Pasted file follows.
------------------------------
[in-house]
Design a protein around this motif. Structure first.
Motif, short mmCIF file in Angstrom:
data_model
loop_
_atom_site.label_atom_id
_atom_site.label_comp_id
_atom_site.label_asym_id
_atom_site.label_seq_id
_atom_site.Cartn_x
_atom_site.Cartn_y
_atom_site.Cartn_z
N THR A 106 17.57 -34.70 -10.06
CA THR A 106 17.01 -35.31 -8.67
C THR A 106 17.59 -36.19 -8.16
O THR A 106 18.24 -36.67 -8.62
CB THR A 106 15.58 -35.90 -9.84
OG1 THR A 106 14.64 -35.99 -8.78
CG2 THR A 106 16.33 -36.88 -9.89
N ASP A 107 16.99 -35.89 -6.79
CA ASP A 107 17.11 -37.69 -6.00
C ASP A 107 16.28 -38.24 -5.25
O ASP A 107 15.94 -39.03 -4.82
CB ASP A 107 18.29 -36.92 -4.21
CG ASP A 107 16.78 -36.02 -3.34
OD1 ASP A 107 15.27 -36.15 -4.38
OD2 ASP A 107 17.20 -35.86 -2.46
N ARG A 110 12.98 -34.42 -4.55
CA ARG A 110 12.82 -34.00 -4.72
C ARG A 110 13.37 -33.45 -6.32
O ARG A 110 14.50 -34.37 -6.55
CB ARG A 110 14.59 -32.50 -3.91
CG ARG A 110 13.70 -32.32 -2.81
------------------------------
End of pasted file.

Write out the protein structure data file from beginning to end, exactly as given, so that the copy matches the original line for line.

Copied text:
[in-house]
Design a protein around this motif. Structure first.
Motif, short mmCIF file in Angstrom:
data_model
loop_
_atom_site.label_atom_id
_atom_site.label_comp_id
_atom_site.label_asym_id
_atom_site.label_seq_id
_atom_site.Cartn_x
_atom_site.Cartn_y
_atom_site.Cartn_z
N THR A 106 17.57 -34.70 -10.06
CA THR A 106 17.01 -35.31 -8.67
C THR A 106 17.59 -36.19 -8.16
O THR A 106 18.24 -36.67 -8.62
CB THR A 106 15.58 -35.90 -9.84
OG1 THR A 106 14.64 -35.99 -8.78
CG2 THR A 106 16.33 -36.88 -9.89
N ASP A 107 16.99 -35.89 -6.79
CA ASP A 107 17.11 -37.69 -6.00
C ASP A 107 16.28 -38.24 -5.25
O ASP A 107 15.94 -39.03 -4.82
CB ASP A 107 18.29 -36.92 -4.21
CG ASP A 107 16.78 -36.02 -3.34
OD1 ASP A 107 15.27 -36.15 -4.38
OD2 ASP A 107 17.20 -35.86 -2.46
N ARG A 110 12.98 -34.42 -4.55
CA ARG A 110 12.82 -34.00 -4.72
C ARG A 110 13.37 -33.45 -6.32
O ARG A 110 14.50 -34.37 -6.55
CB ARG A 110 14.59 -32.50 -3.91
CG ARG A 110 13.70 -32.32 -2.81